Reading ‘Rabbit, Run’ by John Updike


Having gone from the often aggressive pulp noir of four Jim Thompson novellas/novels to a measured pathos in the campus fiction of John Williams’ Stoner, I am now reading the elaborate, burgeoning prose of John Updike’s Rabbit, Run.

It is my first encounter with his work, and he has the most fastidious, intense descriptive style. I am still relatively early in the story, and yet again I am enjoying this literary learning curve in coming to this famous author’s writing so late in my reading days.

You notice immediately that his describing is compulsively extravagant – though the originality keeps it from being overwrought – and in the beginning that decorative description is attached to the most commonplace things, like a reminiscence that Rabbit has of climbing telephone poles as a boy. There is sumptuous detail about all kinds of ordinariness, but as the novel progresses this grows into insights about people [characterisation] and their thoughts and feelings. But it is also much more than this: it is philosophy and psychology conveyed through layer upon layer of outer and inner observational detail.

I am at the part of the story where Rabbit is getting to know the minister/preacher Eccles, and the verbal exchanges about faith [Rabbit’s and, of course, Updike’s own] are woven into the fabric of the whole narrative, like a description of the golf course where they are having a first game together,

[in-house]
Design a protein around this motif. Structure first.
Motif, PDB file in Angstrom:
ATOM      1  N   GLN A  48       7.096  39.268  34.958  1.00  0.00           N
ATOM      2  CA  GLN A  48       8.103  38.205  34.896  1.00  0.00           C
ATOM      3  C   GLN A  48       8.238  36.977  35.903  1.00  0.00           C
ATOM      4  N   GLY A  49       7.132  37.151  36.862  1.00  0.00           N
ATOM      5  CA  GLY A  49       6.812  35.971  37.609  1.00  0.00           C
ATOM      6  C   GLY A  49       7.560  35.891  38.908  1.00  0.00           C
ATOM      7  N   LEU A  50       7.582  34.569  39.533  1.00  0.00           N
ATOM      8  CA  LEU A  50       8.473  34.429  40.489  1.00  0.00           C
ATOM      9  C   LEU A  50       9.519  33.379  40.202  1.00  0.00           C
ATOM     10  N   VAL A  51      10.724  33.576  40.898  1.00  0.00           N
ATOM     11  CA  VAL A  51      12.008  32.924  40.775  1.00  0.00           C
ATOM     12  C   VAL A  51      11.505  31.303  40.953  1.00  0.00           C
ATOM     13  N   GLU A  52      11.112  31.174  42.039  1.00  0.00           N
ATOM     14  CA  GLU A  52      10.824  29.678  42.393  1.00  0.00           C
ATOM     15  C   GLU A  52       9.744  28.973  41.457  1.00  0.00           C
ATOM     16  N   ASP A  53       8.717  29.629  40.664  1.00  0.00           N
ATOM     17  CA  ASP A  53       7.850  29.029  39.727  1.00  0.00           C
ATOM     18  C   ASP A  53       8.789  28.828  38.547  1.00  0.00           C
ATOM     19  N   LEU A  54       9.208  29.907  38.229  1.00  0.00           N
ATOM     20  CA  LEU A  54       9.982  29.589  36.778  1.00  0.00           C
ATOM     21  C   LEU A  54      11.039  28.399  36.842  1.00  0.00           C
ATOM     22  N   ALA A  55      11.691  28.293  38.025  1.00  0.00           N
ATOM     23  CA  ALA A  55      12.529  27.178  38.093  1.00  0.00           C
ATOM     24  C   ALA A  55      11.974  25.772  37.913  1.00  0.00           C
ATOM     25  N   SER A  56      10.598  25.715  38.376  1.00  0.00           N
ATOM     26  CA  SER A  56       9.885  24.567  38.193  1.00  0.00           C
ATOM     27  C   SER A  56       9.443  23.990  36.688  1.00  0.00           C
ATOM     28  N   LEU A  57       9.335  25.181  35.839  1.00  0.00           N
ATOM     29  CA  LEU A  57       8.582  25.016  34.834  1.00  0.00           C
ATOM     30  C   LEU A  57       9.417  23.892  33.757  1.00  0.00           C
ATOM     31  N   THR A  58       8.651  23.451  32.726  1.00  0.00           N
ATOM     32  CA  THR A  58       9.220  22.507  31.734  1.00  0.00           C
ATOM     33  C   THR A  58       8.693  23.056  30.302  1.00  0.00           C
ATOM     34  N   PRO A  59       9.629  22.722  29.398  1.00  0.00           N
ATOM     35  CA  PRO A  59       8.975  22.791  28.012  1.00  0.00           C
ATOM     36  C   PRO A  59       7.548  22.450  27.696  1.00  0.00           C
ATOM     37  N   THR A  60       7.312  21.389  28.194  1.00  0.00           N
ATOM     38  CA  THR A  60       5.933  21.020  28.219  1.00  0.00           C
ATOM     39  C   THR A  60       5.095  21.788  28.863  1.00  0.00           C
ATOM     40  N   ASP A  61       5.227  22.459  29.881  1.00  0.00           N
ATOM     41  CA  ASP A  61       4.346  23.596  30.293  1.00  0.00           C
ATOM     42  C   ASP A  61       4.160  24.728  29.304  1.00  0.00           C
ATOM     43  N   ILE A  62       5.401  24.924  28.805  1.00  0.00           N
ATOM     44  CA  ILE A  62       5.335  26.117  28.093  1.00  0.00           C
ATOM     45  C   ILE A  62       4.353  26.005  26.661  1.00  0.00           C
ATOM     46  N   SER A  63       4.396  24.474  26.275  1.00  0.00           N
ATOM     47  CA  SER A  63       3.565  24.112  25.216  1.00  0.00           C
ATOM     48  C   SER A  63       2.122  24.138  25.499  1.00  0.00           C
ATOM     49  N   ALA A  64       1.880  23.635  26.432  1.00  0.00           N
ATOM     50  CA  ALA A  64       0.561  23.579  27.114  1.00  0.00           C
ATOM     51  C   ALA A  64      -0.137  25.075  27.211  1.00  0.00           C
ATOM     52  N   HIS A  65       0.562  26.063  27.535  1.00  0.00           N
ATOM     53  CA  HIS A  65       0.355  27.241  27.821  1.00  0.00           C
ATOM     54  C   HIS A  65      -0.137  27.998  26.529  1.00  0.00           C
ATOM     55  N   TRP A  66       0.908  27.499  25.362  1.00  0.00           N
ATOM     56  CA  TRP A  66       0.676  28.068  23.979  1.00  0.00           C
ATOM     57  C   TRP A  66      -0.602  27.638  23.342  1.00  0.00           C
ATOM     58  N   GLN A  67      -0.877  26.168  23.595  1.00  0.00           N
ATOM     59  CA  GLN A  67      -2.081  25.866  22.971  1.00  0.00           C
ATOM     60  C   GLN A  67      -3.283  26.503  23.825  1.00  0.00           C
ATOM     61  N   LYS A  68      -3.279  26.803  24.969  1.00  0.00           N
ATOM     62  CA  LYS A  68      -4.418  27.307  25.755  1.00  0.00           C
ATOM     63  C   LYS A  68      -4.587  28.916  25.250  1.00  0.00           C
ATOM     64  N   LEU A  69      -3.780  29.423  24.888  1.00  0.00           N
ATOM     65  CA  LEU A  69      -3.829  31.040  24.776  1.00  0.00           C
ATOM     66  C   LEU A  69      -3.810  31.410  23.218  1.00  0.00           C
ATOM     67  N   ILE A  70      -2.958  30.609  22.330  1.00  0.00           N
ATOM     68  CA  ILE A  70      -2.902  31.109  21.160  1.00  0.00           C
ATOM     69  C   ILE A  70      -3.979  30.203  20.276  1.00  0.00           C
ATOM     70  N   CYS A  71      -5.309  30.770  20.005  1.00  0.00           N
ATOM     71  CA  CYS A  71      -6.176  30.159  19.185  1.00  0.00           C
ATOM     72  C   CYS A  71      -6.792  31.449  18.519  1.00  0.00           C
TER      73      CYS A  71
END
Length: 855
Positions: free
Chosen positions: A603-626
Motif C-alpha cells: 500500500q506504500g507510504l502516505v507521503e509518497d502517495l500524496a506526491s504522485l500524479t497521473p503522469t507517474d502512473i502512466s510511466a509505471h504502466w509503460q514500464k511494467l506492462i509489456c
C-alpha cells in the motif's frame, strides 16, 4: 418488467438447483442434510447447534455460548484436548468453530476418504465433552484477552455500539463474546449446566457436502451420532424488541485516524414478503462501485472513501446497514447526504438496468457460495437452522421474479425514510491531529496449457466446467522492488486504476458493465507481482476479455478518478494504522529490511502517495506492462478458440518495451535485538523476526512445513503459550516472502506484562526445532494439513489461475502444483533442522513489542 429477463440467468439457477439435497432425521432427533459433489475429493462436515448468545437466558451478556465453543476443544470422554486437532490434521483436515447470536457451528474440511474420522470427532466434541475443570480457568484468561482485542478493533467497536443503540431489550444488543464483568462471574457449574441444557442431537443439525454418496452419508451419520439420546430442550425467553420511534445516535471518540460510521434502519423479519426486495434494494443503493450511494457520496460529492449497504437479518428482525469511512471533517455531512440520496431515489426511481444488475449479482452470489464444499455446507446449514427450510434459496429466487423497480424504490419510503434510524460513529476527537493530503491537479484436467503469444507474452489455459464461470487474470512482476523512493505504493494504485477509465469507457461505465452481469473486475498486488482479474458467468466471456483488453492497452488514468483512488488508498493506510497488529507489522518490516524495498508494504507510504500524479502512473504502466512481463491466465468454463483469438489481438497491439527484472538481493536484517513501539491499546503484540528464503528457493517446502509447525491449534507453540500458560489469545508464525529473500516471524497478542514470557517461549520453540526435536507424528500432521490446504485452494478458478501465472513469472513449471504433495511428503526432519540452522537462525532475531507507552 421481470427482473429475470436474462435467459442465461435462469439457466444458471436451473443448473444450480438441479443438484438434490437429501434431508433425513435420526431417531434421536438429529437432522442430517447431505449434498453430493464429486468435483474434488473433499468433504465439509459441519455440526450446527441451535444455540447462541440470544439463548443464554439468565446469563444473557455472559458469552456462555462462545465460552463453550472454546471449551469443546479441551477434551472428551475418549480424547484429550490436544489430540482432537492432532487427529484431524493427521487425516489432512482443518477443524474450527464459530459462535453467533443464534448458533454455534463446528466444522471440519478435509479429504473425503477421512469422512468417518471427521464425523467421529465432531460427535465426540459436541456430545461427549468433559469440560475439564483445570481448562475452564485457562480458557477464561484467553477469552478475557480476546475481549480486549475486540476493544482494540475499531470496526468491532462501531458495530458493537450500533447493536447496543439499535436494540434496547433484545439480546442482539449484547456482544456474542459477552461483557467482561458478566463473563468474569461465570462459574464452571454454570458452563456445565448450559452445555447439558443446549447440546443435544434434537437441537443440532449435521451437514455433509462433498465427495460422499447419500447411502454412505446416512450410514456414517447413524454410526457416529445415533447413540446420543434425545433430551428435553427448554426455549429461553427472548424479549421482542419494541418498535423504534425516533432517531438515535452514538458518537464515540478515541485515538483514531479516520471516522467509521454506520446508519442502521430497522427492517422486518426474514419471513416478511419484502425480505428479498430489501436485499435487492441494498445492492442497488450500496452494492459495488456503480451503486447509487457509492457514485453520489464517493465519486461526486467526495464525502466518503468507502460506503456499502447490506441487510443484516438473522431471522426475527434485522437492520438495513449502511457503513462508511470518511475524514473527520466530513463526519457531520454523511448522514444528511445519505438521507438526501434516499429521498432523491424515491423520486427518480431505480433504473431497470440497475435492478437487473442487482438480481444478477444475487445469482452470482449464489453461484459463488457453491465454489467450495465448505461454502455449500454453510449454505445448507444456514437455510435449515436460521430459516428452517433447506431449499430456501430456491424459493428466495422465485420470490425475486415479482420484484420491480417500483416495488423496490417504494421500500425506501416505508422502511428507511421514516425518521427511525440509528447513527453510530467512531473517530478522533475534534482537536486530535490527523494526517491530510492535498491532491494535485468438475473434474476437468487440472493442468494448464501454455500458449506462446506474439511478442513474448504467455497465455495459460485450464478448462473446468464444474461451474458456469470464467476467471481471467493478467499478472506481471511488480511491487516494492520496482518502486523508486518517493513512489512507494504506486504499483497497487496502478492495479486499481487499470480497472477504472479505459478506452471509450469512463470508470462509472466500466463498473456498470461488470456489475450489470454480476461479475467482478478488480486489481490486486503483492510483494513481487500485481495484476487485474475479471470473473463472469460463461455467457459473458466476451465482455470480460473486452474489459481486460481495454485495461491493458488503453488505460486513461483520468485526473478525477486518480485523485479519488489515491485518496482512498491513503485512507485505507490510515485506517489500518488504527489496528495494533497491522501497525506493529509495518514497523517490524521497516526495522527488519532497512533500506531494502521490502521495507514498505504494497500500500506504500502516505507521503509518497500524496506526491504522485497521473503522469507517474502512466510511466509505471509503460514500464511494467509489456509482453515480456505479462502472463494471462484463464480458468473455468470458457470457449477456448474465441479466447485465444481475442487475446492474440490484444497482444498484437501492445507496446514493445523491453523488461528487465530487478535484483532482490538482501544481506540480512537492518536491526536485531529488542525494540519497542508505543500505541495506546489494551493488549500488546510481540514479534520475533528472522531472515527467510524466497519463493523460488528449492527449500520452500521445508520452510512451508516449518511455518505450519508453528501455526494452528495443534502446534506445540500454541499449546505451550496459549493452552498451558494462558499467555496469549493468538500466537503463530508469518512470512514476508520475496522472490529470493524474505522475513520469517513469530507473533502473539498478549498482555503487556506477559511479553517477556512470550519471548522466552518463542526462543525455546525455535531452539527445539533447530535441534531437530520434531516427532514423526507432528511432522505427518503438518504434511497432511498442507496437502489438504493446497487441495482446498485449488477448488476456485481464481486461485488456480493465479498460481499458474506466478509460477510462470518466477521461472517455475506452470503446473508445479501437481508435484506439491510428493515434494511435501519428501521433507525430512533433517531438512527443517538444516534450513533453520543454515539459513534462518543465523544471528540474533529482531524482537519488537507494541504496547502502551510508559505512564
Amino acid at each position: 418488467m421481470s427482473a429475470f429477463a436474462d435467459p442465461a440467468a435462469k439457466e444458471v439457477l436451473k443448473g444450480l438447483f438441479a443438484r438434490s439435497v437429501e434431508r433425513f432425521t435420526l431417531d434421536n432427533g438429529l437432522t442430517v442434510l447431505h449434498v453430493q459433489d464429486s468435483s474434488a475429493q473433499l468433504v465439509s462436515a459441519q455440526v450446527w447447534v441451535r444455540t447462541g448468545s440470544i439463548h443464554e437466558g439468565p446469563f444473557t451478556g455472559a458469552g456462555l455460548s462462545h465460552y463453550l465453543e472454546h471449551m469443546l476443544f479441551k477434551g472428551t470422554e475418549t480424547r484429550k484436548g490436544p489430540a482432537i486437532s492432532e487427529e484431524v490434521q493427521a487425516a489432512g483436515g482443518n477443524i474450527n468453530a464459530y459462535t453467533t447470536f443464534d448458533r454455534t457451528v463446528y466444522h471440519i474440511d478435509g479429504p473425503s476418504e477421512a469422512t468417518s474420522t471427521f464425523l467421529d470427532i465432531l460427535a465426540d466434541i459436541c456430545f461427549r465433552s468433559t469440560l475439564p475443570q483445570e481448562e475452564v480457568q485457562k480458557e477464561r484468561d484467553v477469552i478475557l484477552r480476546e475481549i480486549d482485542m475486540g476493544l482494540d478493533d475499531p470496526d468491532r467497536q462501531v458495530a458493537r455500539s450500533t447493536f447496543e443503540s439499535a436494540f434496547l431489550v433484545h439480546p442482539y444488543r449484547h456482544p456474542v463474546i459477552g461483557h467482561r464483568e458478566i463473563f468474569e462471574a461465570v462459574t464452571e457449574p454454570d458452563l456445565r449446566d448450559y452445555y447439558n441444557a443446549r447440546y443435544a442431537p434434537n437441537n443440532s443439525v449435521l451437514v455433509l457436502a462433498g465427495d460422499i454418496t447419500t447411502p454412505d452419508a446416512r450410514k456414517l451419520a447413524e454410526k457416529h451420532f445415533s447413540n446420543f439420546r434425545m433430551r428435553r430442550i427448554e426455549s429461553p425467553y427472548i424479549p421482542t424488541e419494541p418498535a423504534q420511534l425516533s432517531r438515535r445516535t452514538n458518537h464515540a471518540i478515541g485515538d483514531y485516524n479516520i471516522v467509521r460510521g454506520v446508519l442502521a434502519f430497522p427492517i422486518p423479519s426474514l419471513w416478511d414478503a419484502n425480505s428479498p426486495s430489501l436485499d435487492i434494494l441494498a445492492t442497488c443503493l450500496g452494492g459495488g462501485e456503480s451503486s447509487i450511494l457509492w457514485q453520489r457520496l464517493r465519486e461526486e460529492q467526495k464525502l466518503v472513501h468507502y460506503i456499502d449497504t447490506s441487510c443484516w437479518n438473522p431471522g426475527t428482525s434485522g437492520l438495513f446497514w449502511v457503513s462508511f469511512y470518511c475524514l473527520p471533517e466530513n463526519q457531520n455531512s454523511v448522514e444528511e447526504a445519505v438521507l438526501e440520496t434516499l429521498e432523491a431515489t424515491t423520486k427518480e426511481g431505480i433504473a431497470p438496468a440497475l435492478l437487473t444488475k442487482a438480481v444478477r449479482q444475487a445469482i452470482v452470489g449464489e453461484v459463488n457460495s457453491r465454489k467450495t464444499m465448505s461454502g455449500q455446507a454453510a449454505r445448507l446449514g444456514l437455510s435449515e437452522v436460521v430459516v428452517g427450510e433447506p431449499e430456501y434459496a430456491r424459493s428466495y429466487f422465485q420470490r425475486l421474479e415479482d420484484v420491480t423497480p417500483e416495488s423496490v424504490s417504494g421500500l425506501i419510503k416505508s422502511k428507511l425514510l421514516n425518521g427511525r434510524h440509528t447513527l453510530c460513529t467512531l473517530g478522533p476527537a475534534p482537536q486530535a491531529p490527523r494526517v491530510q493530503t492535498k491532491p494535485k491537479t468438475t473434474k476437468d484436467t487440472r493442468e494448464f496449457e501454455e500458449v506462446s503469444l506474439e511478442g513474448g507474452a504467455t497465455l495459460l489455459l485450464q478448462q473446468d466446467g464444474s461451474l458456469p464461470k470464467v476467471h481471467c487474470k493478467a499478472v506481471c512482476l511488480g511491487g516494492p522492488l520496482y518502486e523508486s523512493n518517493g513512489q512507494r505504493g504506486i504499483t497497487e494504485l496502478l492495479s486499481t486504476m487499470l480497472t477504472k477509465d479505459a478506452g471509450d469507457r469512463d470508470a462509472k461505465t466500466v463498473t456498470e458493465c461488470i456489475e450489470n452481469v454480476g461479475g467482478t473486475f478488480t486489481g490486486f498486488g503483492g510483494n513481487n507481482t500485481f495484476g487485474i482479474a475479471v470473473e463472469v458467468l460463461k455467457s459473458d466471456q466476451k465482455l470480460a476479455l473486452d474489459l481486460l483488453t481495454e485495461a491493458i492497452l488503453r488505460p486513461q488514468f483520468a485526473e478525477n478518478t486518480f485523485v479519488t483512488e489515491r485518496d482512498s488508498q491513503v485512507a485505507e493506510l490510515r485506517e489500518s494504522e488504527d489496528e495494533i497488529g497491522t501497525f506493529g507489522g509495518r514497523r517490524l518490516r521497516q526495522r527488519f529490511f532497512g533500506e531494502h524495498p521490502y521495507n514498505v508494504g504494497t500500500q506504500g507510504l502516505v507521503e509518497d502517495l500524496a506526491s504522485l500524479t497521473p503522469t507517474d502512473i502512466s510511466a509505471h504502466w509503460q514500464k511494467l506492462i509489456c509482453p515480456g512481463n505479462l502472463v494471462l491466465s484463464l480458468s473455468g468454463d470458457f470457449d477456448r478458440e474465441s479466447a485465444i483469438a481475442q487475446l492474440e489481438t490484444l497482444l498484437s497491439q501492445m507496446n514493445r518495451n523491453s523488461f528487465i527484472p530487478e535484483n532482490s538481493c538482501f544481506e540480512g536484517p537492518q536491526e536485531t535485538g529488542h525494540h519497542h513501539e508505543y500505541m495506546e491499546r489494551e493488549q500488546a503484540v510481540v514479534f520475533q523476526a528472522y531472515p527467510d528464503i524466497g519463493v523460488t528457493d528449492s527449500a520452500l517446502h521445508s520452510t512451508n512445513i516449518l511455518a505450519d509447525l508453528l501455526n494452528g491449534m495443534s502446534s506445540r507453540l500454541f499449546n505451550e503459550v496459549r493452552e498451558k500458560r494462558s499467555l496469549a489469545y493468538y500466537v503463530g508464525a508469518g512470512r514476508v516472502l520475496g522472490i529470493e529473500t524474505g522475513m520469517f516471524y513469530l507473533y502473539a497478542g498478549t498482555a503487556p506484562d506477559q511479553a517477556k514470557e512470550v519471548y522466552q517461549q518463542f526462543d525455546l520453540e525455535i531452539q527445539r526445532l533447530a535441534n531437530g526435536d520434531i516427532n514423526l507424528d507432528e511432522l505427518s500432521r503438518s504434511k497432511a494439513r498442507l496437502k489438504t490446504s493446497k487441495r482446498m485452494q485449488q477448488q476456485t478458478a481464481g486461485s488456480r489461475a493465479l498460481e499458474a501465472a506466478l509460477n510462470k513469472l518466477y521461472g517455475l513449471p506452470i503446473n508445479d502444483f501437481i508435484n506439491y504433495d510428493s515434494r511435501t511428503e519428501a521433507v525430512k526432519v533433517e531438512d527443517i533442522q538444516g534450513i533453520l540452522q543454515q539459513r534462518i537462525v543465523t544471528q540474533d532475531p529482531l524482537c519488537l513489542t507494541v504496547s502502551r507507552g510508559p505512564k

Down in the pagan grooves and green alleys of the course Eccles is transformed.

It is of course much more than this, but that one use of the word pagan demonstrates the crisscrossing of external and internal details. It is genuinely exciting – sometimes exhausting – to read, and one has to be willing to take on wave after wave of narrative tangents. So I’ll close this brief diary-like account of my reading and explaining about it with a longer extract from the text, this one where Rabbit is now doing some gardening work for an elderly woman Mrs Smith that Eccles has arranged for him. The move from knowing description of flowers into the world of nature and onto ‘types’ of women wearing flowers in their hair or hats is a snippet of a continuous narrative roller-coaster ride:


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